By Joan Trossman Bien
When was the last time that you saw someone with smallpox? Ever? Of course not, because we conquered that hideous disease with global immunizations. Yes, there were side effects and dangerous ones for some people. But it was accepted as part of the price that a few individuals must pay so that billions of people can forever live without the fear of smallpox. Apparently, that remarkable success will never happen again.
Here in America, we have an influenza epidemic cooking and people are dying from it. For some inexplicable reason, no one keeps track of the number of adult deaths due to influenza, only child deaths which stand at 29. That number will rise as the pathology results catch up with the illness.
Hospital Administrators Dodge Decisions
Given the wildfire infectious nature of influenza, and given the fact that it has reached epidemic levels in nearly every state, and given the fact that there is something very available to substantially reduce the odds of getting the flu, why is the vaccination rate of health care workers so very low?
According to the Centers for Disease Control, only 60 percent of health care workers get their flu shots. In a very few states, the workers are required to get inoculated or be fired. In other jurisdictions, those who refuse the flu shot must wear a mask at all times. But most administrators and politicians with the power to declare mandatory vaccination for their health care workers do not do so. In fact, they mostly agonize over balancing the issues of public health versus individual rights. Memo to administrators: you are not the courts.
What could they be thinking? These administrators are well paid for being in the business of illness and health. They are supposed to have their priorities straight and protect the patients. Just do your jobs and insist that all health care workers and everyone who works at your facility be vaccinated, including security guards and cafeteria workers. Even volunteers who work in the gift shops.
For example, someone picks up a magazine in the gift shop for a brand new mother. The shop clerk, who has not been vaccinated and is about to come down with the flu but has not yet become symptomatic, sneezes as she handles the magazine. Those little droplets of virus remain infectious for up to eight hours. The magazine is welcomed by the patient who reads it. The patient then nurses her baby, all within a couple hours. You can guess the rest.
Jonathan Fielding, Director of the Los Angeles County Department of Public Health, stated on the county website that he urges everyone to get the flu shot. However, Fielding told a Los Angeles Times reporter that he thinks it is better for each hospital to make its own decision as to whether their workers should be required to be vaccinated under the threat of losing their jobs. Fielding added since the shot is 62 percent effective, he didn’t want people to think that the vaccine is perfect.
With that freedom of choice come many bad decisions. A nurse at Downey Regional Medical Center told the Times reporter that she will not be getting vaccinated. As one who tends to postpartum mothers and their infants, an extremely high risk group for serious complications and death from the flu, the nurse explained that she had heard co-workers saying they experienced some side effects from the shot and she got scared.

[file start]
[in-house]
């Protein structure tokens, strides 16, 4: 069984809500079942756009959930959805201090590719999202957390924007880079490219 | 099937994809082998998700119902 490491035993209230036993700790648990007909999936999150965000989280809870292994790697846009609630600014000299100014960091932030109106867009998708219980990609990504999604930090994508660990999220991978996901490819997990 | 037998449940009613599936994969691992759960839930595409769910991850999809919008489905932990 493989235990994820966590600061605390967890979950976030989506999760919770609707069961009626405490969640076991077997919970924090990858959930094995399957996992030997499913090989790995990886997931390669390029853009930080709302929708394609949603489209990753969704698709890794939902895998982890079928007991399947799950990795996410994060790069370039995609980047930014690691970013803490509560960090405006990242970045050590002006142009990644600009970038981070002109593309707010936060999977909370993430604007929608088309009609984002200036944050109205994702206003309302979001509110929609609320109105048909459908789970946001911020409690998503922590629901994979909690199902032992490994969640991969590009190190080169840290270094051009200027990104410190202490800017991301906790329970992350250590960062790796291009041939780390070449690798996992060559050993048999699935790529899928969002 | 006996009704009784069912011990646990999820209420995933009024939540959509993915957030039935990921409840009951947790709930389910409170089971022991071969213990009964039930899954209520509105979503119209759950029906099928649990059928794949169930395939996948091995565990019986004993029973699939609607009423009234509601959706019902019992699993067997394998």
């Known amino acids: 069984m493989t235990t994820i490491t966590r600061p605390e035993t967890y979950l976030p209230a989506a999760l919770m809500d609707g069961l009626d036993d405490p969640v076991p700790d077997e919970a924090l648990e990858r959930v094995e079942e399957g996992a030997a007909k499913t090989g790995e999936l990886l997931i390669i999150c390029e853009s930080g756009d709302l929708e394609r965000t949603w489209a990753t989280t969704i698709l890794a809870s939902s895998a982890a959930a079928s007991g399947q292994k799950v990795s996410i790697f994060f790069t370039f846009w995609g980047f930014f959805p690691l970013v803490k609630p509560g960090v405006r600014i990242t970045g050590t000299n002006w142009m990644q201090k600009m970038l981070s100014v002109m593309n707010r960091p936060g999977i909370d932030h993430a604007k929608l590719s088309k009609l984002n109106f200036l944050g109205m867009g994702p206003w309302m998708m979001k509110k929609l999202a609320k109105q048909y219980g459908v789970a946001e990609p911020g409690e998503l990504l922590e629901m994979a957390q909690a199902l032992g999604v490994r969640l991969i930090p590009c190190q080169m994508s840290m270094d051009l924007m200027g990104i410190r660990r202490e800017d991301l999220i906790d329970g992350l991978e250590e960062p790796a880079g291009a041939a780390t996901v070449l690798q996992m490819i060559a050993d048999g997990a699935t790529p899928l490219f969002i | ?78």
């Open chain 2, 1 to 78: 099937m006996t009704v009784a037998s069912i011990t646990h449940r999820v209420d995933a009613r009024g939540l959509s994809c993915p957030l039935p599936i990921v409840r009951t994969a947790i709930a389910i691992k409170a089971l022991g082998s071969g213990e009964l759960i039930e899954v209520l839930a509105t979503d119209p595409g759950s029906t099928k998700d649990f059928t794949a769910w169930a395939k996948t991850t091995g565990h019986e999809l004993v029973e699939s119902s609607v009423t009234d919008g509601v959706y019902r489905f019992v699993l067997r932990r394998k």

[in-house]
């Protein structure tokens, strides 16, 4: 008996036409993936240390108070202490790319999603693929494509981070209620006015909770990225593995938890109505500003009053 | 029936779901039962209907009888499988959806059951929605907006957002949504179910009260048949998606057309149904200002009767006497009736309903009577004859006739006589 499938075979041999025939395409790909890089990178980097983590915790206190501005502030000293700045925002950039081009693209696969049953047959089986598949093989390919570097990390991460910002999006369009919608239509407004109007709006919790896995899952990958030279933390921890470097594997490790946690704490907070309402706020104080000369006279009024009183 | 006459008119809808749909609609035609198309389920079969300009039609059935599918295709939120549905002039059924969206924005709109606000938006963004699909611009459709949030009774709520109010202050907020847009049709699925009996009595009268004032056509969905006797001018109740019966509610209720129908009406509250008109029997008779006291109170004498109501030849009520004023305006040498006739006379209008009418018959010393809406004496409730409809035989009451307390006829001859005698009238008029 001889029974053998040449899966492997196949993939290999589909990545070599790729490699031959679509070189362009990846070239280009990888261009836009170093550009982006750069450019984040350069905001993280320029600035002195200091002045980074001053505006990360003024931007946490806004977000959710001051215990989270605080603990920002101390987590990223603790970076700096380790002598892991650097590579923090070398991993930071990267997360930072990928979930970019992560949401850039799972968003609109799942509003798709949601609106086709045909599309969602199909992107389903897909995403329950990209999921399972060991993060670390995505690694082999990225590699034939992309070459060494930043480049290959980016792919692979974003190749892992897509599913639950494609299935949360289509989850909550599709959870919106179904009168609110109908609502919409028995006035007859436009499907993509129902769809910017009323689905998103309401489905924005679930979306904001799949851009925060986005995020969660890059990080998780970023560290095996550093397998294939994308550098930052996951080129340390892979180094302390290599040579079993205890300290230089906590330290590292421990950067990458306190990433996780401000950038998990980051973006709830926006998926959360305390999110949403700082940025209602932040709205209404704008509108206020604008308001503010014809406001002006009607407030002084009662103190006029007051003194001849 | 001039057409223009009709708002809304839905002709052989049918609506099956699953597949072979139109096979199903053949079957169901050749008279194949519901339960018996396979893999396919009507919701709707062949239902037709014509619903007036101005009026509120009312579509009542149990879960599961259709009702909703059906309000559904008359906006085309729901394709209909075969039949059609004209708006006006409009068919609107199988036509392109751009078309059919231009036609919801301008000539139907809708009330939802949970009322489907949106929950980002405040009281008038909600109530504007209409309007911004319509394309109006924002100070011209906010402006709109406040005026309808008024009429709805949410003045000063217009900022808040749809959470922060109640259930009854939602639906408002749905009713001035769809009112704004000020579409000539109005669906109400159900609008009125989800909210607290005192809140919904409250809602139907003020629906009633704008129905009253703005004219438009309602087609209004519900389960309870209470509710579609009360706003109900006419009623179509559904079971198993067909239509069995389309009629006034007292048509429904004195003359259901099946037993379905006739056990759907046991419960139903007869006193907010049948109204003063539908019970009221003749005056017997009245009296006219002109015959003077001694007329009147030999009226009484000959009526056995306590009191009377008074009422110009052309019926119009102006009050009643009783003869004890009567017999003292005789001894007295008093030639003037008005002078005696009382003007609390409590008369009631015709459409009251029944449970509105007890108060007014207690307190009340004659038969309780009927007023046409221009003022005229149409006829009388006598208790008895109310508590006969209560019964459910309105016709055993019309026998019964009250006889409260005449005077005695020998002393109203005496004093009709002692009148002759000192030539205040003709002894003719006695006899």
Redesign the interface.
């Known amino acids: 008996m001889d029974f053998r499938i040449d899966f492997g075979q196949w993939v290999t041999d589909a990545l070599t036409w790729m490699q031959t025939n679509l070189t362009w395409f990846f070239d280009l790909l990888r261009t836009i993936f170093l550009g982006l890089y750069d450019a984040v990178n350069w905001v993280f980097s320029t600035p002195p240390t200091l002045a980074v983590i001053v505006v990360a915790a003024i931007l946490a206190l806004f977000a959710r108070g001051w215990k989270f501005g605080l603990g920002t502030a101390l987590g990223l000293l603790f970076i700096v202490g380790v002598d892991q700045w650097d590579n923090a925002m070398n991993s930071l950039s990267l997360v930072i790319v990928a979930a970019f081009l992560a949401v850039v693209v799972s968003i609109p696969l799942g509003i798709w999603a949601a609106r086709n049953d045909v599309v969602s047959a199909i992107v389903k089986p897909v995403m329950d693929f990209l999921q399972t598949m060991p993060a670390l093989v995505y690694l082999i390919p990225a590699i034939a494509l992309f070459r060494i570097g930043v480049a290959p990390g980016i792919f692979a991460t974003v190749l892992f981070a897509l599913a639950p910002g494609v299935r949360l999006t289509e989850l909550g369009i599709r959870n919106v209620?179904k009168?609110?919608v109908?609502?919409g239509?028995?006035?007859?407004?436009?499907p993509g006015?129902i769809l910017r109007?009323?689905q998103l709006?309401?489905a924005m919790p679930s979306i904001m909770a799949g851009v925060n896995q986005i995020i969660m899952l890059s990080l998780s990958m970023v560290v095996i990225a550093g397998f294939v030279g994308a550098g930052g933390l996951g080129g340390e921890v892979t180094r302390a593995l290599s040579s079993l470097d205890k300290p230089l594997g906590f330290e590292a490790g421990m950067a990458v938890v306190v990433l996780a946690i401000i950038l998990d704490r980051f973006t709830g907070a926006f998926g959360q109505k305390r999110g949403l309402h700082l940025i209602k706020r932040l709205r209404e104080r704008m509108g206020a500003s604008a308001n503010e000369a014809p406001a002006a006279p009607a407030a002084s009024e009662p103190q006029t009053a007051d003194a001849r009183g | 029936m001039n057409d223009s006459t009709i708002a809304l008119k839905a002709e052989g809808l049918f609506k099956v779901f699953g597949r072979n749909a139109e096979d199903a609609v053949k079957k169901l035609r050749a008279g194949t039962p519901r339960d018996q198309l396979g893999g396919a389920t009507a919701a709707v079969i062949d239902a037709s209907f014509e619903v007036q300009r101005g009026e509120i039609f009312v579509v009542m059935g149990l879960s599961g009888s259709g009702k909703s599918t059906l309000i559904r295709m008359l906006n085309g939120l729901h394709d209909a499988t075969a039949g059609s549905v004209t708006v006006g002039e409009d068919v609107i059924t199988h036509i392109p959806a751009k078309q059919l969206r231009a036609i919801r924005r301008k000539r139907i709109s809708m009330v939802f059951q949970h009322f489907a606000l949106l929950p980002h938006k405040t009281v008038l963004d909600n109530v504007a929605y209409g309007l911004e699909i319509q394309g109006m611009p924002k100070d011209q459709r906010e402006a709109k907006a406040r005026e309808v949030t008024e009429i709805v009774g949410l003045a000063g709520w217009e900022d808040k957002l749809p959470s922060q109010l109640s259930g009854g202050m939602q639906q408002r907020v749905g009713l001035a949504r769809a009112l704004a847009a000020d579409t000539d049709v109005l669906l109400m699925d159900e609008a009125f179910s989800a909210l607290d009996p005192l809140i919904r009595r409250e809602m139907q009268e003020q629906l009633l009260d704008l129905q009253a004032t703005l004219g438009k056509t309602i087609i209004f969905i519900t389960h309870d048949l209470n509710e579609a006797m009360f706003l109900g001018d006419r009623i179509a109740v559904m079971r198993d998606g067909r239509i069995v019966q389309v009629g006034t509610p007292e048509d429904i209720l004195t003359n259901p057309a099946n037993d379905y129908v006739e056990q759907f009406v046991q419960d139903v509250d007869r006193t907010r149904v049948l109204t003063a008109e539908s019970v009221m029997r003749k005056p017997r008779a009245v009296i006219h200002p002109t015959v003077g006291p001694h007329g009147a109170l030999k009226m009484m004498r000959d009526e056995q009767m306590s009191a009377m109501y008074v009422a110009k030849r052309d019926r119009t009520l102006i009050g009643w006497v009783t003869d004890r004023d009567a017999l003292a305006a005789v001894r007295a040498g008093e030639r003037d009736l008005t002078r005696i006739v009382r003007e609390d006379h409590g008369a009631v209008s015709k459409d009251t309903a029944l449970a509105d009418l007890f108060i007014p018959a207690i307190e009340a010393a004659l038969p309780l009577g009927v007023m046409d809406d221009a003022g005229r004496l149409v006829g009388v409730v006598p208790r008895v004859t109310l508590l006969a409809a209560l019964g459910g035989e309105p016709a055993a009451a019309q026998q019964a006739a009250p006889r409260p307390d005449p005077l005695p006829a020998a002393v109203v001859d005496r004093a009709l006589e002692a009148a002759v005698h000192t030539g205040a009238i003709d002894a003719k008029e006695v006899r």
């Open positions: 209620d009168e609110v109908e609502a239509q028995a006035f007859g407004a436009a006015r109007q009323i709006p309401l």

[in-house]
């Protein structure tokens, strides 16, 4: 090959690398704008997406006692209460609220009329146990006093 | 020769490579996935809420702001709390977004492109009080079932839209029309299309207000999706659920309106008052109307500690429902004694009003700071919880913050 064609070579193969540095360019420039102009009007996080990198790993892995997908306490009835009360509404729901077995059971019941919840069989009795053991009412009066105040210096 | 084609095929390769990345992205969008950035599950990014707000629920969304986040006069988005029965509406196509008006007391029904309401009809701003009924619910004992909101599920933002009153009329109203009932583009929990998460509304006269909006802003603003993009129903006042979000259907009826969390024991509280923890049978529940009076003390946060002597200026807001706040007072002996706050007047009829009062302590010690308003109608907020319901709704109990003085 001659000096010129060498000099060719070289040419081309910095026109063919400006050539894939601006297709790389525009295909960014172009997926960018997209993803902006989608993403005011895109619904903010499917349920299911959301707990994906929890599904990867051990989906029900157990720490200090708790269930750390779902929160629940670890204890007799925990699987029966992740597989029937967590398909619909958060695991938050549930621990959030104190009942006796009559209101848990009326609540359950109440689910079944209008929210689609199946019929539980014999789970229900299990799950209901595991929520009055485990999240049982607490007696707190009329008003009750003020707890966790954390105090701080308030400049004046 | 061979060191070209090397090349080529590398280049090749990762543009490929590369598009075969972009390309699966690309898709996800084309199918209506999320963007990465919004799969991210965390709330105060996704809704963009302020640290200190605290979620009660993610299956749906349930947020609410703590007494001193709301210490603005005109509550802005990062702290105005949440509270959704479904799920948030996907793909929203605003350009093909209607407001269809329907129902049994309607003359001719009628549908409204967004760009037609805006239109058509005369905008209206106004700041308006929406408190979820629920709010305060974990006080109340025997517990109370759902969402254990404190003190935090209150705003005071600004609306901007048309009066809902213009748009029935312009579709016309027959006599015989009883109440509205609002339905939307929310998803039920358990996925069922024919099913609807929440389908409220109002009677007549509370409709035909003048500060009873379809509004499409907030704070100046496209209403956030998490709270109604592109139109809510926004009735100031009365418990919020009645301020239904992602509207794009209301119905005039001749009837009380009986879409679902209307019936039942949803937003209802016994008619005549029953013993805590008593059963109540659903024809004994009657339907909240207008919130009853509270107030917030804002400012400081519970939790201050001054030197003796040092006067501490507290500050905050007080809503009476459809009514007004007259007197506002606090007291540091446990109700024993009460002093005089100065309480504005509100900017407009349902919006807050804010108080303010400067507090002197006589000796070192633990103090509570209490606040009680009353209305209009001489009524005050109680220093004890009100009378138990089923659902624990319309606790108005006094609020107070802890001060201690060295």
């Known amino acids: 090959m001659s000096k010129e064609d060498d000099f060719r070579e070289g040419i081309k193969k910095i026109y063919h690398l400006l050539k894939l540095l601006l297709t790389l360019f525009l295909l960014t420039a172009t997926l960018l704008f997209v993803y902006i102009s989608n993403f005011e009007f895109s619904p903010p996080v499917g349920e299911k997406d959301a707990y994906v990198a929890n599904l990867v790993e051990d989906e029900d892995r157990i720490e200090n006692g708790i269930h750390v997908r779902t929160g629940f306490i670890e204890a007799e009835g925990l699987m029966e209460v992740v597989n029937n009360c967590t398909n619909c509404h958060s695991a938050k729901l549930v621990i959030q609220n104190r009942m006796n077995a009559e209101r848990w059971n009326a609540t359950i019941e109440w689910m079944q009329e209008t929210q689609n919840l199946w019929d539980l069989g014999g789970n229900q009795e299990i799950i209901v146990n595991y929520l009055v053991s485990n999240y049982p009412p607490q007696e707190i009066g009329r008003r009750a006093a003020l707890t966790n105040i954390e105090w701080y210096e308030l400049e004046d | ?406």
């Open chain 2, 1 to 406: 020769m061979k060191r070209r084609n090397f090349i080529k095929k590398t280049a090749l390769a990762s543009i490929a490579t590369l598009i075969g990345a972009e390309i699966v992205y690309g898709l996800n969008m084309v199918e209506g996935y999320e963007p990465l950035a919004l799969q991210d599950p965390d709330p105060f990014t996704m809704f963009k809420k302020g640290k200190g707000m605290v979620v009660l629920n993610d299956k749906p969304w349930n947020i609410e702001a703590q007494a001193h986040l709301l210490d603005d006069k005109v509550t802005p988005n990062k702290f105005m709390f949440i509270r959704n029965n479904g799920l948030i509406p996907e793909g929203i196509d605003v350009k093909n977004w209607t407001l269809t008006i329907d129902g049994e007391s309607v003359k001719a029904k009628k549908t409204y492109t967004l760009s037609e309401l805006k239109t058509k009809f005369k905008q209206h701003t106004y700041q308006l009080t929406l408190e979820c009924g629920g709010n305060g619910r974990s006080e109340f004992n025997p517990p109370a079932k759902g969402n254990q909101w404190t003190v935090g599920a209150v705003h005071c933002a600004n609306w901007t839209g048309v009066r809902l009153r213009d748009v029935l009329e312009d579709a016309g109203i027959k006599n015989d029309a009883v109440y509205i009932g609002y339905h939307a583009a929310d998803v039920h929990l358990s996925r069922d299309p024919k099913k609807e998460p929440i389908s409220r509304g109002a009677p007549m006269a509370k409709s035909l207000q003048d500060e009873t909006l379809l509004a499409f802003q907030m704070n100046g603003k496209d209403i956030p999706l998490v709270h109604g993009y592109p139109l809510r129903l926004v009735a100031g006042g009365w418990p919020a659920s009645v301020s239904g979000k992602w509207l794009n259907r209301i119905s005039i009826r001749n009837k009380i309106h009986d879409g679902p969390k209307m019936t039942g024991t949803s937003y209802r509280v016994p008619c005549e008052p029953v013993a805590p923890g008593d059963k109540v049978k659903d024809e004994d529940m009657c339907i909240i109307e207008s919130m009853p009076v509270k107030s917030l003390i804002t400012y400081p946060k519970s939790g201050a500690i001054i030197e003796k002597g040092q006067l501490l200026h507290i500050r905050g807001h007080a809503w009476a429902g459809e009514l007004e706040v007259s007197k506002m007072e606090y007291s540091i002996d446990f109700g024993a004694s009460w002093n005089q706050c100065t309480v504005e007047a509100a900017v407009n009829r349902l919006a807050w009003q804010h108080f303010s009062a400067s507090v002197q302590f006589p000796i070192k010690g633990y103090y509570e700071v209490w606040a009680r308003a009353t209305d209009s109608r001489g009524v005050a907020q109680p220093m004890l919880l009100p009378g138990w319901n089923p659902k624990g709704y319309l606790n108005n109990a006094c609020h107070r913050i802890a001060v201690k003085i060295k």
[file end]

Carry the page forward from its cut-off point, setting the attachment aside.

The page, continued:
Why that wasn’t nurse more afraid of the flu? Where did she get her training in transmission of infectious diseases? Inquiring minds want to know. Clearly, more training is needed.
Which brings me to everyday folks who refuse to stay home from work when they are sick. There is a movement that is getting media attention, if not actual traction, for part time workers, temporary workers, and independent contractors to be given paid sick days, just like the staff worker sitting right next to them and doing the exact same job.
The problem is the workers who do come to work sick and often highly contagious. I know of someone who recently flat out refused to go home even though her supervisor ordered her to do so because she was so sick. I guess she believed that her presence was essential to the operation of the business. I happen to know that if she never again showed up at work, few would even notice. But coming into the work place when you are that sick, you are certainly noticed.
As we all know, employers have been firing staff workers over the past decade and replacing them with temporary, part time, per diem, and independent contractors. The motive has been to save money. But these workers get no benefits and no paid sick days. They are also fully responsible for buying their own health insurance.
The staffers who remain have a fair number of sick days and health insurance. So when staffers show up sick, often the temporary workers catch their illness. But since the per diem workers can’t afford to miss a day’s pay, they then come in to work sick. All of this misery could have been avoided if only the staffer knew that coming to work sick would mean losing their job.
So why don’t employers and supervisors enact company policies that forbid any worker from coming into the workplace while sick? Especially during an epidemic? That would be in a perfect world. A world where public health meant something. A world where simply showing up at work didn’t threaten their health and their ability to earn a living. A world where people noticed that other people were affected by each others’ actions. A world where common sense was more common.
Do we really need a law to make this happen?
Or, this is a radical idea, perhaps employers could actually give non-staffers paid sick days.